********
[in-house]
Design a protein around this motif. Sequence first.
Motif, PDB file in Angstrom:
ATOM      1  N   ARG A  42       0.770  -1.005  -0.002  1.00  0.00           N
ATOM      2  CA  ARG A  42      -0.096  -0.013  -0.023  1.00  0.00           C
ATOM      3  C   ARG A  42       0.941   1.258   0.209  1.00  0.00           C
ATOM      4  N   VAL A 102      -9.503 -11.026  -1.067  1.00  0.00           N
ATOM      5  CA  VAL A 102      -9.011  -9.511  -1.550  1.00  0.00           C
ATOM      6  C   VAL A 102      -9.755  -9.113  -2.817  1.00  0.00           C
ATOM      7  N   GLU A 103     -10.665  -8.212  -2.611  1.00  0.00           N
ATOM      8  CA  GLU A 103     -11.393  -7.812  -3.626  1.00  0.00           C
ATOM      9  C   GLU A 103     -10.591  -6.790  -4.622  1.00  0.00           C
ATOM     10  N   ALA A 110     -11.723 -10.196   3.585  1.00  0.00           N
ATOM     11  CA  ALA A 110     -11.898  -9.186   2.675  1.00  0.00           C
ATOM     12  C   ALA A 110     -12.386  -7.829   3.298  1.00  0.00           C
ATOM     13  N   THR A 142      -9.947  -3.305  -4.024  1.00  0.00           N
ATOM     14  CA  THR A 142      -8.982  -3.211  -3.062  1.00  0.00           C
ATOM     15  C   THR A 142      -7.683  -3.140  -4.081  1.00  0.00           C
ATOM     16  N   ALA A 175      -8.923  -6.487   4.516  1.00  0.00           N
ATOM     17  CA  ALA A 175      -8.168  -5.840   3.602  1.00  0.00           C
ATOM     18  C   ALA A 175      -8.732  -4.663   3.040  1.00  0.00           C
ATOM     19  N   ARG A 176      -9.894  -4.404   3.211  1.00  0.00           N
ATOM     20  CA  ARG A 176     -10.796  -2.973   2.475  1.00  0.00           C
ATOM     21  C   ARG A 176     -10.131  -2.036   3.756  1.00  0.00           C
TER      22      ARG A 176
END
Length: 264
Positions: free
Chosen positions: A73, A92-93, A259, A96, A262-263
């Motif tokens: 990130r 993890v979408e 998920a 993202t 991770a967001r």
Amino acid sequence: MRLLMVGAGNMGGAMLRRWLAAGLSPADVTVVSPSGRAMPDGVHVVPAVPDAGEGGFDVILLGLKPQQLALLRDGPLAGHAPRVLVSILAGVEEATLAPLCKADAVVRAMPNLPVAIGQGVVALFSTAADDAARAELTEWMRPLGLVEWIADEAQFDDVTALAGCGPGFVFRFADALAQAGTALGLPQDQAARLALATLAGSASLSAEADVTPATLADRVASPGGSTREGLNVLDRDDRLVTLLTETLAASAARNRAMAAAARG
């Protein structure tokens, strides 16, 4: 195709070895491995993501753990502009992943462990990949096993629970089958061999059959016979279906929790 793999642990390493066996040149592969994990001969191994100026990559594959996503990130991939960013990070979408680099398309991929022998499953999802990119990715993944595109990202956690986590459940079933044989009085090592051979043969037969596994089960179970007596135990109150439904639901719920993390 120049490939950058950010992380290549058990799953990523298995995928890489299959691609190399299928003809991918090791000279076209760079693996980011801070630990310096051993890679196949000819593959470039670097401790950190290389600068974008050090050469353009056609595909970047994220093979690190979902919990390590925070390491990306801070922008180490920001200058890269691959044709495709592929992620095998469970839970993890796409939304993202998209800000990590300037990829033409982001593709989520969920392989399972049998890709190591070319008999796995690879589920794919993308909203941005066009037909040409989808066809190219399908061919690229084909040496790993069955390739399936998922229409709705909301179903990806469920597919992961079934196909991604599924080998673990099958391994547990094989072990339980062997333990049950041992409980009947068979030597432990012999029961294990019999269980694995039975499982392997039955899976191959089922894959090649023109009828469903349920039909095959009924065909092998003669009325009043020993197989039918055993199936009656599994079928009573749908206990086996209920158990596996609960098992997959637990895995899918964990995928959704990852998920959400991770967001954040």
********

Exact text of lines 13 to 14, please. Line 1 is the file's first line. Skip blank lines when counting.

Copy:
ATOM     10  N   ALA A 110     -11.723 -10.196   3.585  1.00  0.00           N
ATOM     11  CA  ALA A 110     -11.898  -9.186   2.675  1.00  0.00           C